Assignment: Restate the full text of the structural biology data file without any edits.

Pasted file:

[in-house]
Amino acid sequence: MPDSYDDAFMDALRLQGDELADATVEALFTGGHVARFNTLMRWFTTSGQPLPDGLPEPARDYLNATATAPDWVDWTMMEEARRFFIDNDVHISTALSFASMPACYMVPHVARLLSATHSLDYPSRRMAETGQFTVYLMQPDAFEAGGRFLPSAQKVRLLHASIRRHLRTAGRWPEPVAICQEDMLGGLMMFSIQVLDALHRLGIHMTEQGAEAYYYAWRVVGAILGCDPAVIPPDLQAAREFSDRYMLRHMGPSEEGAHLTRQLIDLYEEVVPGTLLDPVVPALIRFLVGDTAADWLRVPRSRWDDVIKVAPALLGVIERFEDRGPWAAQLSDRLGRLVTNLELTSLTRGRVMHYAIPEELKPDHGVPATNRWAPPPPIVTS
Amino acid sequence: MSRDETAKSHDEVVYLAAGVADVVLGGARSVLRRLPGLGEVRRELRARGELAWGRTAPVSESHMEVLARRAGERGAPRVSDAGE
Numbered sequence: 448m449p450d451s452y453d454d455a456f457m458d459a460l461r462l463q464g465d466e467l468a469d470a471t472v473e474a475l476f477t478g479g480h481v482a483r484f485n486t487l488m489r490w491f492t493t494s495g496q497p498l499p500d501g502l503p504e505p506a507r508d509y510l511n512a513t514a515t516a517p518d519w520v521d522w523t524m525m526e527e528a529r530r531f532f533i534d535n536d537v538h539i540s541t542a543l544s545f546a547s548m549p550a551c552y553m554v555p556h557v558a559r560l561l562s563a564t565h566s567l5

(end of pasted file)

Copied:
[in-house]
Amino acid sequence: MPDSYDDAFMDALRLQGDELADATVEALFTGGHVARFNTLMRWFTTSGQPLPDGLPEPARDYLNATATAPDWVDWTMMEEARRFFIDNDVHISTALSFASMPACYMVPHVARLLSATHSLDYPSRRMAETGQFTVYLMQPDAFEAGGRFLPSAQKVRLLHASIRRHLRTAGRWPEPVAICQEDMLGGLMMFSIQVLDALHRLGIHMTEQGAEAYYYAWRVVGAILGCDPAVIPPDLQAAREFSDRYMLRHMGPSEEGAHLTRQLIDLYEEVVPGTLLDPVVPALIRFLVGDTAADWLRVPRSRWDDVIKVAPALLGVIERFEDRGPWAAQLSDRLGRLVTNLELTSLTRGRVMHYAIPEELKPDHGVPATNRWAPPPPIVTS
Amino acid sequence: MSRDETAKSHDEVVYLAAGVADVVLGGARSVLRRLPGLGEVRRELRARGELAWGRTAPVSESHMEVLARRAGERGAPRVSDAGE
Numbered sequence: 448m449p450d451s452y453d454d455a456f457m458d459a460l461r462l463q464g465d466e467l468a469d470a471t472v473e474a475l476f477t478g479g480h481v482a483r484f485n486t487l488m489r490w491f492t493t494s495g496q497p498l499p500d501g502l503p504e505p506a507r508d509y510l511n512a513t514a515t516a517p518d519w520v521d522w523t524m525m526e527e528a529r530r531f532f533i534d535n536d537v538h539i540s541t542a543l544s545f546a547s548m549p550a551c552y553m554v555p556h557v558a559r560l561l562s563a564t565h566s567l5